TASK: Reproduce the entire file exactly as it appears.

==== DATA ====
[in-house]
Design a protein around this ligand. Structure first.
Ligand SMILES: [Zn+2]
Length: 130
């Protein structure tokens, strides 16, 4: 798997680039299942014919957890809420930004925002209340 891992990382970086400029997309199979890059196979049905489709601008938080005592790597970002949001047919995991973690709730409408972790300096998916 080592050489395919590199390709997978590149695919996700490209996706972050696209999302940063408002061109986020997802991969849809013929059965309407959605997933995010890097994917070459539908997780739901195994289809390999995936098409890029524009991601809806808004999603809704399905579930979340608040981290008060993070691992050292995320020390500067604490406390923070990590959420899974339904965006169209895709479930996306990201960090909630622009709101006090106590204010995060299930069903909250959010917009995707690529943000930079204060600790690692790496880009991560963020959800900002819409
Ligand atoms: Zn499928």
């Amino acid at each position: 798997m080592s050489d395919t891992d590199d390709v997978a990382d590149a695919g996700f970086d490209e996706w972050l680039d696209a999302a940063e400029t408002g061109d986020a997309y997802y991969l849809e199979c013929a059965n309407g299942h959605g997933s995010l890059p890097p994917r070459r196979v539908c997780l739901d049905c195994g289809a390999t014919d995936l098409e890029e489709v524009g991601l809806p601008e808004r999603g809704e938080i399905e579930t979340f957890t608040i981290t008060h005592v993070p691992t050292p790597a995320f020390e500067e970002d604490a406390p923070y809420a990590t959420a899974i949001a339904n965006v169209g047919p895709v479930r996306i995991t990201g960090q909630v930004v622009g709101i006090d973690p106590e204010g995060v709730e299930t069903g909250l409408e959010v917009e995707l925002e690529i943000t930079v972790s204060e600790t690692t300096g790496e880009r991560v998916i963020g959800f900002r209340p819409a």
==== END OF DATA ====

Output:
[in-house]
Design a protein around this ligand. Structure first.
Ligand SMILES: [Zn+2]
Length: 130
């Protein structure tokens, strides 16, 4: 798997680039299942014919957890809420930004925002209340 891992990382970086400029997309199979890059196979049905489709601008938080005592790597970002949001047919995991973690709730409408972790300096998916 080592050489395919590199390709997978590149695919996700490209996706972050696209999302940063408002061109986020997802991969849809013929059965309407959605997933995010890097994917070459539908997780739901195994289809390999995936098409890029524009991601809806808004999603809704399905579930979340608040981290008060993070691992050292995320020390500067604490406390923070990590959420899974339904965006169209895709479930996306990201960090909630622009709101006090106590204010995060299930069903909250959010917009995707690529943000930079204060600790690692790496880009991560963020959800900002819409
Ligand atoms: Zn499928």
């Amino acid at each position: 798997m080592s050489d395919t891992d590199d390709v997978a990382d590149a695919g996700f970086d490209e996706w972050l680039d696209a999302a940063e400029t408002g061109d986020a997309y997802y991969l849809e199979c013929a059965n309407g299942h959605g997933s995010l890059p890097p994917r070459r196979v539908c997780l739901d049905c195994g289809a390999t014919d995936l098409e890029e489709v524009g991601l809806p601008e808004r999603g809704e938080i399905e579930t979340f957890t608040i981290t008060h005592v993070p691992t050292p790597a995320f020390e500067e970002d604490a406390p923070y809420a990590t959420a899974i949001a339904n965006v169209g047919p895709v479930r996306i995991t990201g960090q909630v930004v622009g709101i006090d973690p106590e204010g995060v709730e299930t069903g909250l409408e959010v917009e995707l925002e690529i943000t930079v972790s204060e600790t690692t300096g790496e880009r991560v998916i963020g959800f900002r209340p819409a």